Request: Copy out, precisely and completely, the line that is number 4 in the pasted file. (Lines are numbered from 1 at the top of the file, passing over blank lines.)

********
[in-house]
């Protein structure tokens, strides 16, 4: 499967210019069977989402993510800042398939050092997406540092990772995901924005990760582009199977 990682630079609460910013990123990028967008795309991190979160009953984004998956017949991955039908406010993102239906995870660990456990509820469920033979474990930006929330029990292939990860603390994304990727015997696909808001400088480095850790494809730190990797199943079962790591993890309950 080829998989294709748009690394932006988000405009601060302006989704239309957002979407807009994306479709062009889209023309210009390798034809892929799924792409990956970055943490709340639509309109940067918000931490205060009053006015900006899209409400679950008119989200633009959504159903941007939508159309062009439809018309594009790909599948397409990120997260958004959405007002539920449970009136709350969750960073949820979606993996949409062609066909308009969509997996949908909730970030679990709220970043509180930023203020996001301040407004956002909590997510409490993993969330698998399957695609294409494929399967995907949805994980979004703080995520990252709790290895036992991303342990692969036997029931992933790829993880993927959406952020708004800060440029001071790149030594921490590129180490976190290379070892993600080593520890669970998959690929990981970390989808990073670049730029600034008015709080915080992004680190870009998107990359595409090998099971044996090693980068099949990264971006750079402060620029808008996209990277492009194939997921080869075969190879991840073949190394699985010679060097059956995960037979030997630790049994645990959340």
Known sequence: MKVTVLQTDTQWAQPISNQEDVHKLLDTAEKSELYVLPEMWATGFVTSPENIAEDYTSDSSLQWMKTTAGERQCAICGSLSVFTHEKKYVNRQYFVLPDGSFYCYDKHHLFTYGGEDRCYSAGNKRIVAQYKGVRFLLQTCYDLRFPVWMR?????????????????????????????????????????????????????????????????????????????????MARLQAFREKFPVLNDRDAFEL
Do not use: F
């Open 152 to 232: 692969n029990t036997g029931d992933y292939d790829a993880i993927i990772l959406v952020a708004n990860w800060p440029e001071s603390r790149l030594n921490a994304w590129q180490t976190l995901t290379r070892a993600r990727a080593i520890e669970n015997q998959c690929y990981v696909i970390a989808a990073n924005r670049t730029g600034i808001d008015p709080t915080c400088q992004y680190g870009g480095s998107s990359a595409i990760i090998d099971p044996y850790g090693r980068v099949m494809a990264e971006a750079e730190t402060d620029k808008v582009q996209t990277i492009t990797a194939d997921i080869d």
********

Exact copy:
Do not use: F